In January 2013 a man from Huddersfield named Arthur turned up at the office window of Hebden Royd Primary School.
In his hand he held a Lord Wharton’s Bible, something familiar to older readers as they were once widely presented as Sunday School prizes.
An avid collector of war-related items, Arthur had picked up the Bible in a South Yorkshire ‘junk shop’, having been attracted by the inscription on the fly leaf which read: “Robert. Age 21. My brother died of wounds in hospital in Manchester, Nov. 16th 1918, received in action to the right of Albert, August 5th 1918, in Belgium, during the Great European War, Aug. 4th 1914 to Nov. 11th 1918. Greater love hath no man than this, that he lay down his life for his friends. He gave his life that we might live.”
Another inscription stated that the Bible had been presented to one James Whitby Thomas, in 1903, at St. James’ Church, Hebden Bridge. Arthur felt strongly that he wanted, if possible, to place this Bible in the hands of descendants of James and Robert Arnold Thomas and, after making enquiries in Hebden Bridge and finding that Hebden Royd Primary School had strong links with St James’ Church, he ended up at the school office window.
The school administrator could think of only one line of enquiry – a local historian who lived nearby and who also had the surname Thomas – and so the Lord Wharton’s Bible came into the hands of Peter Thomas.
Peter became instantly fascinated by the inscription, especially the link with the surname, as he says; “I felt that I had to know more about Robert and James Thomas and my researches led me to 24 Oak Street, Hebden Bridge, where the brothers lived with their father and stepmother John and Annabella and two sisters, Ada and Ethel. I found no link with my branch of the Thomas family, but in common with my forebears, not only were they engaged in the clothing trade, but they also got caught up in the great tragedy of the First World War.”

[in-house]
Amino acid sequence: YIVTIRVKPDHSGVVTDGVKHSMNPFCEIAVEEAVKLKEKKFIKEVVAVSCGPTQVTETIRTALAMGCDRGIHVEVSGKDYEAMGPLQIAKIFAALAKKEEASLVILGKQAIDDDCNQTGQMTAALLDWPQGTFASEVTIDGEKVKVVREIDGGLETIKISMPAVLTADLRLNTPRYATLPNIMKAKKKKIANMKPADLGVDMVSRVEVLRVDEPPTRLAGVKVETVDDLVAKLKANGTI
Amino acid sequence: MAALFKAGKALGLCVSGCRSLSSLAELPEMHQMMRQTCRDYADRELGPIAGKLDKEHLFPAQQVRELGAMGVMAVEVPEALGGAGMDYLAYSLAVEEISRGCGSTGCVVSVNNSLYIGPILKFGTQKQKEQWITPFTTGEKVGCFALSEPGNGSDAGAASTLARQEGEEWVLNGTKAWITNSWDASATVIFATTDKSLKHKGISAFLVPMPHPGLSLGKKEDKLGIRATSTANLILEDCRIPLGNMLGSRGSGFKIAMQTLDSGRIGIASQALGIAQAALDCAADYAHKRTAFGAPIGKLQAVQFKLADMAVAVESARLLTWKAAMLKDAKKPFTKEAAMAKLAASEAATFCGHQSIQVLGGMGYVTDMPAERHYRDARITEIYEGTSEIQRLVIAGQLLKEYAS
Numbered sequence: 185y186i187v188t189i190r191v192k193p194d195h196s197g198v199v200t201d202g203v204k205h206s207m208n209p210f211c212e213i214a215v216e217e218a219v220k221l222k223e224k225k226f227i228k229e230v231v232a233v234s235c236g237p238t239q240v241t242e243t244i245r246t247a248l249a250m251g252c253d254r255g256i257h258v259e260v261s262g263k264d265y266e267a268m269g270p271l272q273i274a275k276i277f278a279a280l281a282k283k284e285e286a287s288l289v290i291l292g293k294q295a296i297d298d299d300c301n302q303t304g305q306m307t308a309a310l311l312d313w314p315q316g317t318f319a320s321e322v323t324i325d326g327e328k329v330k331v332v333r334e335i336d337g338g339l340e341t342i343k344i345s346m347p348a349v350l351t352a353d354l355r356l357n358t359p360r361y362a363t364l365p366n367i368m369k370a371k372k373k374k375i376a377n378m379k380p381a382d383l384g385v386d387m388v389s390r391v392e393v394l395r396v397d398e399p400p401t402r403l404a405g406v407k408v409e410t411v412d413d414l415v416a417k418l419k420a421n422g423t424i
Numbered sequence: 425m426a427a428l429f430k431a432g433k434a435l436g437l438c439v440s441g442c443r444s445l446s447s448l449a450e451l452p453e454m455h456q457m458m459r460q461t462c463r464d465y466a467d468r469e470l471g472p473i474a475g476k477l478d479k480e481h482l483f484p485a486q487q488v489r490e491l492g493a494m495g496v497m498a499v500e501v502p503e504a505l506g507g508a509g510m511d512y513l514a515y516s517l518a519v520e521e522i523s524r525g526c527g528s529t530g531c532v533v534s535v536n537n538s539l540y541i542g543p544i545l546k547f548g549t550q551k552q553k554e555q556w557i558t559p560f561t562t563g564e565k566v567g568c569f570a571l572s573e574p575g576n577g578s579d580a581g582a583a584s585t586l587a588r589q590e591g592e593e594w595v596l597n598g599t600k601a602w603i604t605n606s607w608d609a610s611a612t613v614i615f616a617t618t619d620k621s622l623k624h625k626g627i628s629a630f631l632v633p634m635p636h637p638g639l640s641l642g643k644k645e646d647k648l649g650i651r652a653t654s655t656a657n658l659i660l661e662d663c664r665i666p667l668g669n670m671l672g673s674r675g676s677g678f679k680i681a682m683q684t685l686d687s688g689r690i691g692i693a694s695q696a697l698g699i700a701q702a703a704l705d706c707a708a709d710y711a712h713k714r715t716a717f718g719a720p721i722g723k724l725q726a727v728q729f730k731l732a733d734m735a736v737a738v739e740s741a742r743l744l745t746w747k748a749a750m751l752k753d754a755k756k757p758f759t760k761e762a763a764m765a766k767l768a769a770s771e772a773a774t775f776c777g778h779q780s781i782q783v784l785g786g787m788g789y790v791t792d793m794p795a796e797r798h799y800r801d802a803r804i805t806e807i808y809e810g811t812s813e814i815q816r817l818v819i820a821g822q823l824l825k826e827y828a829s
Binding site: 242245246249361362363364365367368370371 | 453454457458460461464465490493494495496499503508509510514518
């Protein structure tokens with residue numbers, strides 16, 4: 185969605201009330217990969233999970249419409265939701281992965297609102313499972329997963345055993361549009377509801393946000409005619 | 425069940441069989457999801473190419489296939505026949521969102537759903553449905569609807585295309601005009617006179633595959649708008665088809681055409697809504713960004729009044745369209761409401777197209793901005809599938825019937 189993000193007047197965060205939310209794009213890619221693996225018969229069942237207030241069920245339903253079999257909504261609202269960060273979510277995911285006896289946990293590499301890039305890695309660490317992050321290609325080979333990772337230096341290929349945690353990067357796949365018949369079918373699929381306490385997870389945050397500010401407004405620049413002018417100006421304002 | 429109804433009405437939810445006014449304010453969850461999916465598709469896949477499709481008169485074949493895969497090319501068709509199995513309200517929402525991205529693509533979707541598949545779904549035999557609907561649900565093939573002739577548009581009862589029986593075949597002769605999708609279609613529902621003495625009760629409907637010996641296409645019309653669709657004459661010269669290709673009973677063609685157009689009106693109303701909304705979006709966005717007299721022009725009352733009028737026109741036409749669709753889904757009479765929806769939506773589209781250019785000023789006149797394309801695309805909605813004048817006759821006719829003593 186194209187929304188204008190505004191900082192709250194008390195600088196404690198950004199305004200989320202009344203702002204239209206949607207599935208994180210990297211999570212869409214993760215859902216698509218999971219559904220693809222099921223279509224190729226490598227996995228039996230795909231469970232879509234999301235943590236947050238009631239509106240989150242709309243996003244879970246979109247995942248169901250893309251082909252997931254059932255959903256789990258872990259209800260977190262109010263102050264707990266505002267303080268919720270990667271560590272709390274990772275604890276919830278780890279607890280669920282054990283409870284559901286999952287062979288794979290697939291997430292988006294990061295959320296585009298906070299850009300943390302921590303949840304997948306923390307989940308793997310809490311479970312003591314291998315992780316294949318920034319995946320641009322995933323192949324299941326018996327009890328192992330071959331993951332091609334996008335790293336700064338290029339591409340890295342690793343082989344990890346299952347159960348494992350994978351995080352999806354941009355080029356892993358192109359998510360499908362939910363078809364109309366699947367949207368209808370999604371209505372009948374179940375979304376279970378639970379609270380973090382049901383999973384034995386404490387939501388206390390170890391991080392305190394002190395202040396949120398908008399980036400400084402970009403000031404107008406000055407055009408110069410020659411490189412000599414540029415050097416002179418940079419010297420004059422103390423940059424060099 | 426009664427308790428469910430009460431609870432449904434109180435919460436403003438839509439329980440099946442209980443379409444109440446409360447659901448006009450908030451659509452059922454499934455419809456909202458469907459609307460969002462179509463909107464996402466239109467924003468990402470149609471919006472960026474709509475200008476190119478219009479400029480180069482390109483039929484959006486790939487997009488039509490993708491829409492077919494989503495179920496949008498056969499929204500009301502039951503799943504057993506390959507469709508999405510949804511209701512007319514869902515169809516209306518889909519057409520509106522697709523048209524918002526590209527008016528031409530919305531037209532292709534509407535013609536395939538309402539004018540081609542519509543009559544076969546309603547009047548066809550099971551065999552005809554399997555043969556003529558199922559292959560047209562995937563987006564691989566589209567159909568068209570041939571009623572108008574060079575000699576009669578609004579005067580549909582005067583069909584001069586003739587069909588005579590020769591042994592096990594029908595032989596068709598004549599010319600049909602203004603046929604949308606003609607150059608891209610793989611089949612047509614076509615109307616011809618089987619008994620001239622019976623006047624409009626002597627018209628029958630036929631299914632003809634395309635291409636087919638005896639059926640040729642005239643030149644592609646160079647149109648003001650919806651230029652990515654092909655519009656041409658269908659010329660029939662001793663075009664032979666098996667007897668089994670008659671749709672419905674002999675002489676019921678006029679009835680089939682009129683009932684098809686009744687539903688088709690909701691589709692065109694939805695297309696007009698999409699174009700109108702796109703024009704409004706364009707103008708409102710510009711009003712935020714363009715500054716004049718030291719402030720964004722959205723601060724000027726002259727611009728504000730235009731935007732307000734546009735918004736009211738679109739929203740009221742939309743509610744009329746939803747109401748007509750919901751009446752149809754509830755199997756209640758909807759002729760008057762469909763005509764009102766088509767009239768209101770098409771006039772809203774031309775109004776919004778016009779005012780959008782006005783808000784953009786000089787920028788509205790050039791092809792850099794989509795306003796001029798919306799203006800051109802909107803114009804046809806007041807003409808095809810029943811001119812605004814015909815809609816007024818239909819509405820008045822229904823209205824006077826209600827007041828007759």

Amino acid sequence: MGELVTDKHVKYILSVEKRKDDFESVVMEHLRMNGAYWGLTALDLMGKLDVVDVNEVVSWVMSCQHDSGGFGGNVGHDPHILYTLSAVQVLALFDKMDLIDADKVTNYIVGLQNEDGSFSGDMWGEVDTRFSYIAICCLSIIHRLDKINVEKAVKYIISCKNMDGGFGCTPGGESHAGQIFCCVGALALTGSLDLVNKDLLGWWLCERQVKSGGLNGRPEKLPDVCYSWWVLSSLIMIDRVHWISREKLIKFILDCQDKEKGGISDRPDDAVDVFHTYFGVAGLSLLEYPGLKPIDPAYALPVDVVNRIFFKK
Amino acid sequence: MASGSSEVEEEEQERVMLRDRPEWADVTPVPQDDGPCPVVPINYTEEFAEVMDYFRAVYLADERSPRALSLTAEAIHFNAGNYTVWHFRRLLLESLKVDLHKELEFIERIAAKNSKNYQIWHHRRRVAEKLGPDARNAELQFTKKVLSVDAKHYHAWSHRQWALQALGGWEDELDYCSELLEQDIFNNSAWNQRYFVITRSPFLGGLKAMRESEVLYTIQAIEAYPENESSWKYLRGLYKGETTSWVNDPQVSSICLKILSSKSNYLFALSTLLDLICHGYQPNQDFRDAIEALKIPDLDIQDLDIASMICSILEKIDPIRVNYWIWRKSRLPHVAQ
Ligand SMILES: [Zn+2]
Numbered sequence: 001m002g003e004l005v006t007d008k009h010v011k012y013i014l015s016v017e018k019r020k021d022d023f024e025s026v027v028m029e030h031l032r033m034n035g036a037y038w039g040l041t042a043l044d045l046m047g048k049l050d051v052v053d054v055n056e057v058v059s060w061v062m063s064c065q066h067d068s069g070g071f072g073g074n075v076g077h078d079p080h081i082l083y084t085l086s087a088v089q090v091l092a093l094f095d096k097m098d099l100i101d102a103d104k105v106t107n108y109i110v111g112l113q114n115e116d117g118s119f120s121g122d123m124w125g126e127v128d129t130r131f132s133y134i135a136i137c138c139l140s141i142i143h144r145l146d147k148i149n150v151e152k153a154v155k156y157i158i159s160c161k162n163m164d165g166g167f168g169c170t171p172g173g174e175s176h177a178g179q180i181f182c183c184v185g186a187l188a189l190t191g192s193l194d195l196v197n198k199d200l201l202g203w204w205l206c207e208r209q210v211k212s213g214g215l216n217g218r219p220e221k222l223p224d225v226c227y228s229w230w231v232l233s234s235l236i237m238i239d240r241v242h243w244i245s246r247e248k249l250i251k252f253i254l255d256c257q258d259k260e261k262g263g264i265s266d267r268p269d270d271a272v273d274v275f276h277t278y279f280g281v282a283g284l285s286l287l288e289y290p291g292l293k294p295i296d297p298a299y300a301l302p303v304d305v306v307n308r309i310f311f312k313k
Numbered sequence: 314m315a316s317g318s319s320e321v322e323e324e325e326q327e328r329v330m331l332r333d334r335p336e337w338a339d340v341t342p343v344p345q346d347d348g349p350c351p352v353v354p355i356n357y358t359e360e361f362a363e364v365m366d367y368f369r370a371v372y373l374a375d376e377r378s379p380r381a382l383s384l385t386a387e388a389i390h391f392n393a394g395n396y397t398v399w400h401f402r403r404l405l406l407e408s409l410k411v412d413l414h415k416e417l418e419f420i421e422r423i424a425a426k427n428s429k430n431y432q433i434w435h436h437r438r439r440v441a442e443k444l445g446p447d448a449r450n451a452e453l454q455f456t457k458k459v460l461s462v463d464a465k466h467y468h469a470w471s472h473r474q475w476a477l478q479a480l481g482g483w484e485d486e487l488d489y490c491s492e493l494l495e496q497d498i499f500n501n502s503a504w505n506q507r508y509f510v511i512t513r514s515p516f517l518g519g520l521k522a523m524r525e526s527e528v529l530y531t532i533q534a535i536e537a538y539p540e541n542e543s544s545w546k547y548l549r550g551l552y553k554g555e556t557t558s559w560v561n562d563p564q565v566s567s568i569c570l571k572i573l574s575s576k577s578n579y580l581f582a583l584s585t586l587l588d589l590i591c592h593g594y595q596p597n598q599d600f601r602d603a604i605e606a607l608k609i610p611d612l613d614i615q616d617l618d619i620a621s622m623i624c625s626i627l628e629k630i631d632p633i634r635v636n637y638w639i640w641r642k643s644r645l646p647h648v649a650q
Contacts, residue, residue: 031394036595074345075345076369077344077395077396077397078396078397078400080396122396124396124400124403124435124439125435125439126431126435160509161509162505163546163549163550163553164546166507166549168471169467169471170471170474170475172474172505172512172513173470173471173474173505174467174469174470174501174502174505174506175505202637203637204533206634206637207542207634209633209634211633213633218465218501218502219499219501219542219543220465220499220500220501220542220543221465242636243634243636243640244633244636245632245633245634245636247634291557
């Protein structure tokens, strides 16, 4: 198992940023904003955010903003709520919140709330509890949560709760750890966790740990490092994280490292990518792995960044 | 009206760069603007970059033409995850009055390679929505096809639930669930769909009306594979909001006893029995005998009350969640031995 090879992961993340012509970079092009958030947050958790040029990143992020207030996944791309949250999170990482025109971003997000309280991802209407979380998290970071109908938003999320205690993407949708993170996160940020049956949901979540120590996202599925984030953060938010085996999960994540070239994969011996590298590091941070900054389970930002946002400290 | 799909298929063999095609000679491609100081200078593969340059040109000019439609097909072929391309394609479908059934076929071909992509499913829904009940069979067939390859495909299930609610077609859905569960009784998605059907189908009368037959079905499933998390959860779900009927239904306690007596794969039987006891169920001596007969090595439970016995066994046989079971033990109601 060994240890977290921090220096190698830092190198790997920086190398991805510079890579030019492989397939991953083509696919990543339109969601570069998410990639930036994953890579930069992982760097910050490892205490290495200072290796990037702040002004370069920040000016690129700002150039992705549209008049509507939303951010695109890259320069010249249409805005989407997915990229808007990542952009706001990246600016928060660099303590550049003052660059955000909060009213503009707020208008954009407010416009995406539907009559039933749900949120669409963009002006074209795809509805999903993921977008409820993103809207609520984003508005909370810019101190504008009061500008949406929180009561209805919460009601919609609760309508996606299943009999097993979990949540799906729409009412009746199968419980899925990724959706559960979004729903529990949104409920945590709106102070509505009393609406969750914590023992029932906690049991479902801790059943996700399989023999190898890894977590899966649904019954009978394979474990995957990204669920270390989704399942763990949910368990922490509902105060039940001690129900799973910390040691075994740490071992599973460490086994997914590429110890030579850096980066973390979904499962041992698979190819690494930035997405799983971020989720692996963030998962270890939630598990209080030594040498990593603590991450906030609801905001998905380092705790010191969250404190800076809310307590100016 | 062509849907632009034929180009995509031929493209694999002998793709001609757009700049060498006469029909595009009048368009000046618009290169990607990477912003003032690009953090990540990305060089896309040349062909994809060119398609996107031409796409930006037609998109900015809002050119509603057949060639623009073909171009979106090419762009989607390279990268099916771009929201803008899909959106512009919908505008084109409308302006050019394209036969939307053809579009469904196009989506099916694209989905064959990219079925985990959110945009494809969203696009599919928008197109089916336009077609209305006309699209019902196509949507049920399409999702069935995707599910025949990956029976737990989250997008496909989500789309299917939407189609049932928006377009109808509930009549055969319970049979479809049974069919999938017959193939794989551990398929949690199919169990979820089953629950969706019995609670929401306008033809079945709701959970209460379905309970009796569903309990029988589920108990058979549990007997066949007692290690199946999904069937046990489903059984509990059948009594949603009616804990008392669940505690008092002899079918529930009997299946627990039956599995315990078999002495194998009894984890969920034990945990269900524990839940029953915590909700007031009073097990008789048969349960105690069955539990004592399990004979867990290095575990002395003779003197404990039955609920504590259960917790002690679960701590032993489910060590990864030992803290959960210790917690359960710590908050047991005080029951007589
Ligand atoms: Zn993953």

In turn this has led Peter into researching the history of the 1914-18 war in so far as it affected the Calder Valley in general and Hebden Bridge in particular.
He hopes to publish a book on the subject in 2014, the centenary of the outbreak of what James W. Thomas called the Great European War. His aim is not simply to present a list of events and casualties but “to try and find out what were the real thoughts and feelings of ordinary soldiers and civilians, and whether the increasing bloodshed began to sour that fervent patriotism so evident at the outset of the war.”
In this respect, Peter would be grateful to see any letters, diaries, photographs, medals or other memorabilia relating to the conflict that local families may still have.
“A real bonus for me would be to locate the descendants of James Whitby Thomas and Robert Arnold Thomas (born 1897) and return the Bible to where it rightly belongs. Their mother was Delilah, and James W. Thomas married Florence Hopkinson in Ripponden in 1915. Their son Robert Hopkinson Thomas was born in 1920. At his death Robert A. Thomas was serving with the Royal Fusiliers,” said Peter, who can be contacted on telephone 01422 842210, or at firstname.lastname@example.org